2. Operation of Vending Machines, Student Stores, and Fundraisers

a. Sales of competitive foods and beverages (with the exclusion of a la carte items sold by Child Nutrition Services) are permitted during the time when the school breakfast and lunch programs are serving food, except in middle and elementary schools.

b. Except as provided in this subparagraph all such sales must meet the nutritional guidelines of paragraph 1.c above. For the 2004-2005 school year only, sales of soft drinks under a beverage vending contract or through student stores do not have to meet the requirements of paragraph 1.c above

c. All beverages, except milk, shall be priced higher than the price for bottled water for the same size serving.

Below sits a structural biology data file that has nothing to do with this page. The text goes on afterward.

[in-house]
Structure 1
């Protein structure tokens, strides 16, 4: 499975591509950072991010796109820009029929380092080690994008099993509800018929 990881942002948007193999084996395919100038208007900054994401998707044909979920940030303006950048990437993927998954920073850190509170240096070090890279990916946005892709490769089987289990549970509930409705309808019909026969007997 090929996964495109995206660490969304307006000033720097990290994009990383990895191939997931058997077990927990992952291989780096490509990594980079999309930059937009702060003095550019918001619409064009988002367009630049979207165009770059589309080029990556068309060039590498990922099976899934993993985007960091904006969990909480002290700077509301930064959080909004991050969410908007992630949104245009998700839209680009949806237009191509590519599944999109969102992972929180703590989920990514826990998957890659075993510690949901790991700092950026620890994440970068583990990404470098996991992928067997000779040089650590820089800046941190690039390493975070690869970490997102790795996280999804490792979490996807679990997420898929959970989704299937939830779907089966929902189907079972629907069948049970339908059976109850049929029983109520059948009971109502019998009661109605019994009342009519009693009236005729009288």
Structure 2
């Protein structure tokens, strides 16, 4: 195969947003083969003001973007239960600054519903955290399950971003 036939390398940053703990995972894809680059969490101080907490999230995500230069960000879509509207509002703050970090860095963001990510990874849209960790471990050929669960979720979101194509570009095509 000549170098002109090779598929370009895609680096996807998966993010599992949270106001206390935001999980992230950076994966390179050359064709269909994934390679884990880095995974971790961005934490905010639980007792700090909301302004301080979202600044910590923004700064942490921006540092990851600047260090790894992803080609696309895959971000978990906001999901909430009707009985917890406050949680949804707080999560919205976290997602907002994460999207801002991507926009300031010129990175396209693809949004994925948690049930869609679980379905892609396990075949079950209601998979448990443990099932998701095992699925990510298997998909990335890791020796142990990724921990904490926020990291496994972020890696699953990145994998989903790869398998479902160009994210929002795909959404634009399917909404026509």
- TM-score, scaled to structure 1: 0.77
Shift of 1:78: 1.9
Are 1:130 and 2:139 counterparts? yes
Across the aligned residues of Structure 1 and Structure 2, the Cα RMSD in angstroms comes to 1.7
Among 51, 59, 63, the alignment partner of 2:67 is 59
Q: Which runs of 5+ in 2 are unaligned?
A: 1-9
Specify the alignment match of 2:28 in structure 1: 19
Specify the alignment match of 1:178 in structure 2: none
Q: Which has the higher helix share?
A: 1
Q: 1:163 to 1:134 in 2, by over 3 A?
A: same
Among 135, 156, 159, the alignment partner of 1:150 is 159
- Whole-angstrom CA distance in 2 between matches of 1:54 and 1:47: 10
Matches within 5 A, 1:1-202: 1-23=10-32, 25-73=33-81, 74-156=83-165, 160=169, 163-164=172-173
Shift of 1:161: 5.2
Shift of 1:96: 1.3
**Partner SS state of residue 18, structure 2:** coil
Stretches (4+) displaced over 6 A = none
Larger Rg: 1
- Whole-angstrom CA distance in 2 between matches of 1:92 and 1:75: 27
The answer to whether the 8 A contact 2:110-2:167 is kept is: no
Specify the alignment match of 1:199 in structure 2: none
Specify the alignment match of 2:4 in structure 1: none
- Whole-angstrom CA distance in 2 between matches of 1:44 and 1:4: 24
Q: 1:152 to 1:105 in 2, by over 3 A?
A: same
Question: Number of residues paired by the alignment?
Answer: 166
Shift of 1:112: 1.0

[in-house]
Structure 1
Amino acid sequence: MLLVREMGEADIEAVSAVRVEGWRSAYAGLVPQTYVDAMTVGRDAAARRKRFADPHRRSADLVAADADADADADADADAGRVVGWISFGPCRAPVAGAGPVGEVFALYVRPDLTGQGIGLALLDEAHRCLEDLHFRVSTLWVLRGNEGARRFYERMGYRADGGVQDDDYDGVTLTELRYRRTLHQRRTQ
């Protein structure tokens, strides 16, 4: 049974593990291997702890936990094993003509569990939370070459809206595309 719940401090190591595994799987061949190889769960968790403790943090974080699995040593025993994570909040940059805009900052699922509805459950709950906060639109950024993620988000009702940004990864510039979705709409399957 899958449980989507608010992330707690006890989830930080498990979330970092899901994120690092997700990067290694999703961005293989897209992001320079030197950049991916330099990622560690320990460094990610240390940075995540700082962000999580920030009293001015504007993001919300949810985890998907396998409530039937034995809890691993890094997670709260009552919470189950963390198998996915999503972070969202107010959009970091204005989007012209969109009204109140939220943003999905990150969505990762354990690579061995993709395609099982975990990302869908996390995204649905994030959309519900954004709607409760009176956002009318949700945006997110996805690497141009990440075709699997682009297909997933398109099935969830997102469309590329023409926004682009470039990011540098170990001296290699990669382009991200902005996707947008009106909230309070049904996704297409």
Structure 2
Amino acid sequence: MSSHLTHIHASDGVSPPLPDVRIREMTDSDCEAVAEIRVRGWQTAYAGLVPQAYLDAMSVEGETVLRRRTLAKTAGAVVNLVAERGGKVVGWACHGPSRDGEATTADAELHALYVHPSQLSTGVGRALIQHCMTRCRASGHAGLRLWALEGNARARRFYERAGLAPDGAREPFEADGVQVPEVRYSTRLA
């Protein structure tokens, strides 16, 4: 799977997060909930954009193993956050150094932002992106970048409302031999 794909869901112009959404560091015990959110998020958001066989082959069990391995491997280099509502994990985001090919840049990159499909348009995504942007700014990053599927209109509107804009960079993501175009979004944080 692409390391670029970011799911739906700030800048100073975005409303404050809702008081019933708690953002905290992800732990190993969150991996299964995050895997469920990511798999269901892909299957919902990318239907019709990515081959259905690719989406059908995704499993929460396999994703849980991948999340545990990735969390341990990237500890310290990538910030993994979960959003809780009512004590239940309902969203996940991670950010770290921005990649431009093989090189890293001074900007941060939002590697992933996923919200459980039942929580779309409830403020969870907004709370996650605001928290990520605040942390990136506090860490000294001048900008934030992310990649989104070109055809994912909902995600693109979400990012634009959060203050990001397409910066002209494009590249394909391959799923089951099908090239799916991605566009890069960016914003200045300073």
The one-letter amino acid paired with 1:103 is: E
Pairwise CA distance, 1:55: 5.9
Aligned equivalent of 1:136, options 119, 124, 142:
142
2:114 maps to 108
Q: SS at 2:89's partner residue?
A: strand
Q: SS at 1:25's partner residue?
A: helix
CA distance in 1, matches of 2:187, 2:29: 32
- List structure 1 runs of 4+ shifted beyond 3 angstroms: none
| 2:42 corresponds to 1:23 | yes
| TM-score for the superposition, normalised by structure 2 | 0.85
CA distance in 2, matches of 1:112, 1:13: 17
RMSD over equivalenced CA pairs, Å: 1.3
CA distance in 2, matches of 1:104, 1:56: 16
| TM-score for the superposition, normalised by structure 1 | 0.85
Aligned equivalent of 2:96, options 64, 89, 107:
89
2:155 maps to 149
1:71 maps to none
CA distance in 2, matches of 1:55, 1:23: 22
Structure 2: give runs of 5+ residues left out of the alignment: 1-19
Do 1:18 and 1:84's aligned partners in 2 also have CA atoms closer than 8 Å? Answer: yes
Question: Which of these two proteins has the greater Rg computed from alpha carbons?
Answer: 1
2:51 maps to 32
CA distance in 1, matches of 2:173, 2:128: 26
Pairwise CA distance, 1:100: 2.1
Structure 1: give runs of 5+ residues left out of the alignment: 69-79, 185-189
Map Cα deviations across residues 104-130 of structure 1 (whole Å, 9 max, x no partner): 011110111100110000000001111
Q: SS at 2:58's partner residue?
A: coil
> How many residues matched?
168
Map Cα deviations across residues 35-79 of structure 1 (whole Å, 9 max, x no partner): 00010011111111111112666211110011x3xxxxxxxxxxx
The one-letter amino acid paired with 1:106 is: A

d. Vendor contracts for sales of competitive foods shall not include incentives for increasing students’ consumption of foods or drinks

e. Vendor contracts for sales of competitive foods shall not include distribution of free products.

[f. Notwithstanding the provisions of the procedure, DECA and ASB clubs shall be allowed to continue their present practices for hours of operation and products sold until the beginning of the second semester of the 2004-2005 school year.]

3. Distribution of competitive foods as part of class parties and celebrations:
Occasional class parties and celebrations (e.g., Valentines Day, Halloween, Cinco de Mayo, monthly birthday parties, etc.) are exempt from the above guidelines; however, providing healthful options is strongly encouraged.